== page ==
If you are suffering from back pain and feel slouched, then the rear delt fly machine could strengthen your delts in the rear to alleviate this problem.

The Rear Delt Fly Machine: Instructions


To complete the exercise, you require the rear delt fly machine in the rear.


  • You should sit on the pad in front of the rear delt fly machine. Place your feet on the floor. The chest must be placed upwards against the chest pad, and your spine should remain straight.
  • Hold the outside horizontal handles and place your palms downwards. Arms should be bent slightly.


  1. Engage your rear deltoids to pull the handles back until they are aligned with your shoulders.
  2. Squeeze your rear delts with a lot of force in this position, then slowly return to the original position.
  3. Repeat!


The goal is to complete three sets of 10-12 repetitions of the rear delt fly machine. Don’t try to raise a heavy weight during this exercise. Instead, do each rep with care and use a lighter weight to increase your gains.

The Rear Delt Fly Machine: Mistakes

The Rear Delt Fly Machine Mistakes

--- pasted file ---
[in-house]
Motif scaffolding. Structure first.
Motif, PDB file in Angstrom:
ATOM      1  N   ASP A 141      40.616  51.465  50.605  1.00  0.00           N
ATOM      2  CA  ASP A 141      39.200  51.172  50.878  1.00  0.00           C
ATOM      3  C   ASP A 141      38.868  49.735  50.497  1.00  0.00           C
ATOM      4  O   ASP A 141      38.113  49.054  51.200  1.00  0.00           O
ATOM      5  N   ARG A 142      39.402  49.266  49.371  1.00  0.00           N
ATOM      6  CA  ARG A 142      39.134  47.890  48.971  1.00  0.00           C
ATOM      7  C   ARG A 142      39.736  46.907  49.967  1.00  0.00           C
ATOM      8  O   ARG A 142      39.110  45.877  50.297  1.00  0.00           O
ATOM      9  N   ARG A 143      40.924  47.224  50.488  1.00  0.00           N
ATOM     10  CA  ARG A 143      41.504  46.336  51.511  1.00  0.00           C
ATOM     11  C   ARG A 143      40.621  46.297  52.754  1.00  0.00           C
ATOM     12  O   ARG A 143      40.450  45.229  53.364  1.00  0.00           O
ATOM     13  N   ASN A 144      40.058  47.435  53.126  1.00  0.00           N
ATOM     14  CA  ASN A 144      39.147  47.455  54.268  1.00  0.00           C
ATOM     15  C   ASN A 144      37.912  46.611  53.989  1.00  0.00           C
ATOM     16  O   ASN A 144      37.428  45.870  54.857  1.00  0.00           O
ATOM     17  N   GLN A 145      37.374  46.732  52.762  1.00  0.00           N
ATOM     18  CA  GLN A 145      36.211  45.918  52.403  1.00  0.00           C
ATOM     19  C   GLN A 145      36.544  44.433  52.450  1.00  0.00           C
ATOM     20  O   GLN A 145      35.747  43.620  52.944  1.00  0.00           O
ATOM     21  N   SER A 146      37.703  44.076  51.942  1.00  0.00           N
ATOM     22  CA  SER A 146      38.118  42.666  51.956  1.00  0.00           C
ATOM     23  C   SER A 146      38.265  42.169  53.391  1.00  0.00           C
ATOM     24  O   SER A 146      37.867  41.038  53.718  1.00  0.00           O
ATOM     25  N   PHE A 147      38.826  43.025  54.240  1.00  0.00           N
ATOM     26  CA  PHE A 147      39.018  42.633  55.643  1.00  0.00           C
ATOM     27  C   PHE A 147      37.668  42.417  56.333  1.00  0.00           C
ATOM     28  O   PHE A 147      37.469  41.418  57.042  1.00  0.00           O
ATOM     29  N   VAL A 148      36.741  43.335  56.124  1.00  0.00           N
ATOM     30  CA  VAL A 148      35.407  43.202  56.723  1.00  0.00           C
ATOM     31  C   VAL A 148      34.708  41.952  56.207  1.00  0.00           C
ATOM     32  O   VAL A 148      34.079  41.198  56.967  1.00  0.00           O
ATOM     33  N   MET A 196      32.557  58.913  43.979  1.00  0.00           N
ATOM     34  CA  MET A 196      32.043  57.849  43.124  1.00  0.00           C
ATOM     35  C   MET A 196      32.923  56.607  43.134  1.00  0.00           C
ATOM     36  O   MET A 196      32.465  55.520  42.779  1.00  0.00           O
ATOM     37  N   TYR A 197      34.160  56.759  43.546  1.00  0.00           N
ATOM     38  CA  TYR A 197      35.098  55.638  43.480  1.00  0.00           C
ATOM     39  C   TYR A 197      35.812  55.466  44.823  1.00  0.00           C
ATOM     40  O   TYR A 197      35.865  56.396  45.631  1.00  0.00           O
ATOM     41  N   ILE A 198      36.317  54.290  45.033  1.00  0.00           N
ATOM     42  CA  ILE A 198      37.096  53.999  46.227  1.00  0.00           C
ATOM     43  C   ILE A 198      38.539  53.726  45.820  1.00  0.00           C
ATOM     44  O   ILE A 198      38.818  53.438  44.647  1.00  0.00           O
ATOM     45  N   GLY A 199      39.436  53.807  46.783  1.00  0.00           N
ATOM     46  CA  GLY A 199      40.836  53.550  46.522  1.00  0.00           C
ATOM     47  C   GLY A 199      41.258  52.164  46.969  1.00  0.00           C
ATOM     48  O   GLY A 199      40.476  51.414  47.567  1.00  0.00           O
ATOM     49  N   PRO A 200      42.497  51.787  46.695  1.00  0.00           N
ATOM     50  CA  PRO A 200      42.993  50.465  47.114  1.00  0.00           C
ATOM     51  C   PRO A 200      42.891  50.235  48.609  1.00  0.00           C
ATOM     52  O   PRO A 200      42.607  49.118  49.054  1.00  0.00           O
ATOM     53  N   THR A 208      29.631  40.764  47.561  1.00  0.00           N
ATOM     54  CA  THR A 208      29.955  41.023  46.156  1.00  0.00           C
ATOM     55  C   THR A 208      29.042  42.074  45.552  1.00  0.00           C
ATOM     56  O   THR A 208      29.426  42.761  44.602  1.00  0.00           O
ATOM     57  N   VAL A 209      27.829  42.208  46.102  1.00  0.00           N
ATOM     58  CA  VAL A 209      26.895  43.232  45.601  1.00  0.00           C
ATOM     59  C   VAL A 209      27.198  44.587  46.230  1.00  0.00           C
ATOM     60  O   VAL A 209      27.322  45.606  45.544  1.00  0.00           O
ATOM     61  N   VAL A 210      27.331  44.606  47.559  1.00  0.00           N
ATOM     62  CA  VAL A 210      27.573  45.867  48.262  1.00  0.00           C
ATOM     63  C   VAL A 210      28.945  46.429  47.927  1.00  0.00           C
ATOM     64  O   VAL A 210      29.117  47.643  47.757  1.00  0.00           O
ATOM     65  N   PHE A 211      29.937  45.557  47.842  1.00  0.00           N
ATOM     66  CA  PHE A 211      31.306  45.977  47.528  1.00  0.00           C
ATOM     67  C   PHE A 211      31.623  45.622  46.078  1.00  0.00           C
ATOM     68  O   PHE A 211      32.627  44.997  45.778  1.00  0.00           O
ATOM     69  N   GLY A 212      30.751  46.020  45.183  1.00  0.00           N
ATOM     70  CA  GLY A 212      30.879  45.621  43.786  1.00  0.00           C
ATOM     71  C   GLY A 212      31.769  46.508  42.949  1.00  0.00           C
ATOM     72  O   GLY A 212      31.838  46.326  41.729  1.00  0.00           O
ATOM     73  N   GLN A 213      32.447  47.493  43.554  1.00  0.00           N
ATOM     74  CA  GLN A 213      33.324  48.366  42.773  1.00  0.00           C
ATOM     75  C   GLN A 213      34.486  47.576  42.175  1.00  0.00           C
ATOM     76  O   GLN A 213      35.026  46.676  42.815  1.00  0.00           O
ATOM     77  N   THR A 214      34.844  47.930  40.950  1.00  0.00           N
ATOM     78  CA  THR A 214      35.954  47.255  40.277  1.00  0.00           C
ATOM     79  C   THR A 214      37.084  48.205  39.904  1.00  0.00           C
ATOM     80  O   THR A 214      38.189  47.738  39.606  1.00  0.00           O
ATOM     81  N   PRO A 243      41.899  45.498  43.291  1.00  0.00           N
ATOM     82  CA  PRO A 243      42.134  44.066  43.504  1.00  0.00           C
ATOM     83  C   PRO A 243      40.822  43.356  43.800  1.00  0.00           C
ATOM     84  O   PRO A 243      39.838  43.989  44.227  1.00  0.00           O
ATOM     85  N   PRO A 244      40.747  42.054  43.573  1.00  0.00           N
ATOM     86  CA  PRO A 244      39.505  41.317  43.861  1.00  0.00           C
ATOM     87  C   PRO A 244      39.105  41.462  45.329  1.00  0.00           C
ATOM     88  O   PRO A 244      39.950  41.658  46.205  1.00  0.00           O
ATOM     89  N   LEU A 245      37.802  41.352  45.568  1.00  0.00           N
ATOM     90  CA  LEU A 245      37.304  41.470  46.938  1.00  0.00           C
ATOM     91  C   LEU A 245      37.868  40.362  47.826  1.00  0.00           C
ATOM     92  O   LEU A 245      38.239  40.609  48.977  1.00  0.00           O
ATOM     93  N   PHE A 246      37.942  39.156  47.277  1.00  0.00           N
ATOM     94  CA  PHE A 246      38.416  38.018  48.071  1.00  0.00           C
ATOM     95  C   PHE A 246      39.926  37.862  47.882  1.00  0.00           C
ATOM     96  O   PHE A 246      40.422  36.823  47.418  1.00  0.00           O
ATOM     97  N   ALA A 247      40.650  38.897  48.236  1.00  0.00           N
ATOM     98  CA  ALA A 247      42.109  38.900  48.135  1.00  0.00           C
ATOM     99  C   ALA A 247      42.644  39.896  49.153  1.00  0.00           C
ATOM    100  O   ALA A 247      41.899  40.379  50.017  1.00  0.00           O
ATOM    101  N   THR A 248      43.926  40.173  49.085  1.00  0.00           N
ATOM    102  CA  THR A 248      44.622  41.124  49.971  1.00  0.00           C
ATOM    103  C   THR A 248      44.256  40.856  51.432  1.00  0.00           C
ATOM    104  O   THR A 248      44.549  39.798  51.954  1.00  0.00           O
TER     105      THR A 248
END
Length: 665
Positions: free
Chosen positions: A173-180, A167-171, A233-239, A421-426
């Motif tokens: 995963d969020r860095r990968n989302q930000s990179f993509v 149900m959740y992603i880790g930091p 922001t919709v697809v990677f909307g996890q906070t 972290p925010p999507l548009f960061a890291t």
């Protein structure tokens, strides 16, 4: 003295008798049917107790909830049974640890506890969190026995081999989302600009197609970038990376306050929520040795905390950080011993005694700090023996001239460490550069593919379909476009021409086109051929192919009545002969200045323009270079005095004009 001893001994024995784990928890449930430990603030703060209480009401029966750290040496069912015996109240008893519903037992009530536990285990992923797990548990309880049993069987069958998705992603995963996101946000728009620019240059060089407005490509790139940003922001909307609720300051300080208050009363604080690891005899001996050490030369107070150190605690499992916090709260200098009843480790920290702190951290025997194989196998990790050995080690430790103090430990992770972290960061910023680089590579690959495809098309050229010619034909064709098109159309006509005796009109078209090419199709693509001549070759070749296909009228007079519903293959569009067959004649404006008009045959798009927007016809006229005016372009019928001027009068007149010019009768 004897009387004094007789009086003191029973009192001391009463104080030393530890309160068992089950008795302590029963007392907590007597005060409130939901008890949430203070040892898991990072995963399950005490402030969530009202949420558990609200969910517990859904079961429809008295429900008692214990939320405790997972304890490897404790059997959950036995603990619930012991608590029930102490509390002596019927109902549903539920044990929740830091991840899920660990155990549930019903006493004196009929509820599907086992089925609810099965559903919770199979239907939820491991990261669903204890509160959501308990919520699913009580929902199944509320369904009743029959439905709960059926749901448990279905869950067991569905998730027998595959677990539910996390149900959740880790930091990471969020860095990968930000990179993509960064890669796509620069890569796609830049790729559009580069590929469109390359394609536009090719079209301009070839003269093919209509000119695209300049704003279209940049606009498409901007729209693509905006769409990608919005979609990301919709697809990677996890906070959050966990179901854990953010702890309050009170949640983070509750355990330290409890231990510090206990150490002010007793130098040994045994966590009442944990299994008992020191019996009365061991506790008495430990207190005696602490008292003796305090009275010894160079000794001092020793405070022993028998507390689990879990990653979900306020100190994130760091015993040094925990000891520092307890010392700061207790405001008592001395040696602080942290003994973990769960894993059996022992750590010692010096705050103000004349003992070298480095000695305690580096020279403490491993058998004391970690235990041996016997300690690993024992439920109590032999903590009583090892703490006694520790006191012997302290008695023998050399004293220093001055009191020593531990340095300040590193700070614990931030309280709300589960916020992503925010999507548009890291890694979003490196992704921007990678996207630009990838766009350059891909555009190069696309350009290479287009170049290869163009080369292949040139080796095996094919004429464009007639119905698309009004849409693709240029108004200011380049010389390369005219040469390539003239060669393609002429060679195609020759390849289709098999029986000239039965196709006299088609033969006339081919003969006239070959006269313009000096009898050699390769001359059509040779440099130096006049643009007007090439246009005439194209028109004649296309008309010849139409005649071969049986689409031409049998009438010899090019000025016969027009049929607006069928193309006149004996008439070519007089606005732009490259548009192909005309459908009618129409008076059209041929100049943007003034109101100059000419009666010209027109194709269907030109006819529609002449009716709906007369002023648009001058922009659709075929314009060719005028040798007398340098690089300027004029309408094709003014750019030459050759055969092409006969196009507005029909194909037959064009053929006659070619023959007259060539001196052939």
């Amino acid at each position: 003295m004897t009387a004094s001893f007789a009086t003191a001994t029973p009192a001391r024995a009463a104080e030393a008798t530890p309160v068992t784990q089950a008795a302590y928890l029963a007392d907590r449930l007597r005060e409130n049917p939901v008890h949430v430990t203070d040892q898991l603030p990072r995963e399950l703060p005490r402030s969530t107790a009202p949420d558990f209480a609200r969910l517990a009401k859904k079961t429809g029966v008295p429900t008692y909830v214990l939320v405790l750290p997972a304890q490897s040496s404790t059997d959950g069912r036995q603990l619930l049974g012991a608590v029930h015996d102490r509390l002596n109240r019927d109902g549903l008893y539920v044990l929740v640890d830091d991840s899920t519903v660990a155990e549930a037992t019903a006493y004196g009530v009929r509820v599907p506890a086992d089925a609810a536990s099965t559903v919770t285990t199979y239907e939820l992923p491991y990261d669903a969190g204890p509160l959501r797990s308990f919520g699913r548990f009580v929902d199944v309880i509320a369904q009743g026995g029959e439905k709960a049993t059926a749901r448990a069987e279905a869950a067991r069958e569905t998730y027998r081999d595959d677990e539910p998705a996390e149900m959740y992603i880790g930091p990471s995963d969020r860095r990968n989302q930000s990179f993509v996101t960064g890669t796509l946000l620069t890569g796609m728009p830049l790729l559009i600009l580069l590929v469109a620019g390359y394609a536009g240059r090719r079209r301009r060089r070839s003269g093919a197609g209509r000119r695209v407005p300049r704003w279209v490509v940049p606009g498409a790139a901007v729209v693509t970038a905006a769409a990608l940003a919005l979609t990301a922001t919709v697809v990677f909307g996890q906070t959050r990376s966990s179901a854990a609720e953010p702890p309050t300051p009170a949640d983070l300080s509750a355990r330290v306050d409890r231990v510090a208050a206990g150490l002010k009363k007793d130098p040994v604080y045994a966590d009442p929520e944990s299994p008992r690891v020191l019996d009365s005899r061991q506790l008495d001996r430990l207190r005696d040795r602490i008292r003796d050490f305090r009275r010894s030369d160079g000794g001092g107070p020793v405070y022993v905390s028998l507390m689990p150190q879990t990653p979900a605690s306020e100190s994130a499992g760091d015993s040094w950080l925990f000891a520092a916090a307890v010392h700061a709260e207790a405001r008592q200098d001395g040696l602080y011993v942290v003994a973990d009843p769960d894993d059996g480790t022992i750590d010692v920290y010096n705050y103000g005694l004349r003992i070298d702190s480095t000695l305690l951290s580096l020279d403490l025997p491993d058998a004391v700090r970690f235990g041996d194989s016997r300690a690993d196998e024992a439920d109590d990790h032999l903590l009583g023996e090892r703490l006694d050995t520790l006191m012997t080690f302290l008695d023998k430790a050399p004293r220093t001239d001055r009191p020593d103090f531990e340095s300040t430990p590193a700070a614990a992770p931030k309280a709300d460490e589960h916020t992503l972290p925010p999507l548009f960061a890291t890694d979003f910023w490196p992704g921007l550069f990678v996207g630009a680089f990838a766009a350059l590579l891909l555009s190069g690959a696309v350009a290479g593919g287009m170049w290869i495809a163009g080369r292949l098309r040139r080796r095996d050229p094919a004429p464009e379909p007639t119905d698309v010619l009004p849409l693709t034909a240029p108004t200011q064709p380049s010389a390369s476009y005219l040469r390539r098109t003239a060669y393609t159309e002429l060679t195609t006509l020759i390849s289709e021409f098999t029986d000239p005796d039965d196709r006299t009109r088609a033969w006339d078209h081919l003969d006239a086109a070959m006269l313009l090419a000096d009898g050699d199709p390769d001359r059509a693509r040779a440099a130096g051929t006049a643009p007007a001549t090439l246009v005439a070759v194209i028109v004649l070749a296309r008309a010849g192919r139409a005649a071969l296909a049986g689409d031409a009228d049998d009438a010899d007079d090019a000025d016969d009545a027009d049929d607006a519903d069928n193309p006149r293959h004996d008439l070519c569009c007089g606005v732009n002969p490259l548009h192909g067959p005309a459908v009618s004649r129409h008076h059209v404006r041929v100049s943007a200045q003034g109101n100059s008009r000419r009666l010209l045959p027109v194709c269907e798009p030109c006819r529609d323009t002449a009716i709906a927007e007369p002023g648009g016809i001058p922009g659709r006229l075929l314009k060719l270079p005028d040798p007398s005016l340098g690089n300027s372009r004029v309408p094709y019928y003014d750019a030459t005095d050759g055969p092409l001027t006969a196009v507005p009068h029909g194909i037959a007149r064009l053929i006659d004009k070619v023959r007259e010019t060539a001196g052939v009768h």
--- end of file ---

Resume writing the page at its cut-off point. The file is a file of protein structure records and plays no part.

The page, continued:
#1 Gripping The Handles To Tightly

Many weightlifters are instructed to keep the grip with a firm hold when they exercise. While this is generally the case, it may be detrimental.

When it comes to the fly machine with rear delt tightening the grip on the handles can cause some users to depend on traps to return the handles.

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Instead, grasp the handles with a light hand and make sure you only use your rear delts to complete the rear delt fly.

#2 Struggling Upwards

Another typical error made by the rear delt fly machine is shrugging your shoulders to the side. This is a common mistake when people try to take the weight more than they can manage.

They are then made to shrug and use their traps to pull the handles back. Although there’s nothing wrong with working out those traps actually the rear delt flies!

For the best results from your rear delts, reduce the weight and concentrate on the shoulders being lower and back during the movement.

#3 Routing The Motion

Finally, far too many people hurry to the rear delt fly machine. While a violent movement might be beneficial for certain exercises, using the machine to deploy your rear needs to be done in a slow, controlled, controlled way.

The speed you are rushing through lowers tension in your deltoids at the rear and decreases your gains!

The Rear Delt Fly Machine: Variations

#1 1-Arm Rear Delt Fly Machine

It is also possible to perform 1- an arm rear delt fly unilaterally. Instead of using two handles, use only one handle, and train only one arm at once.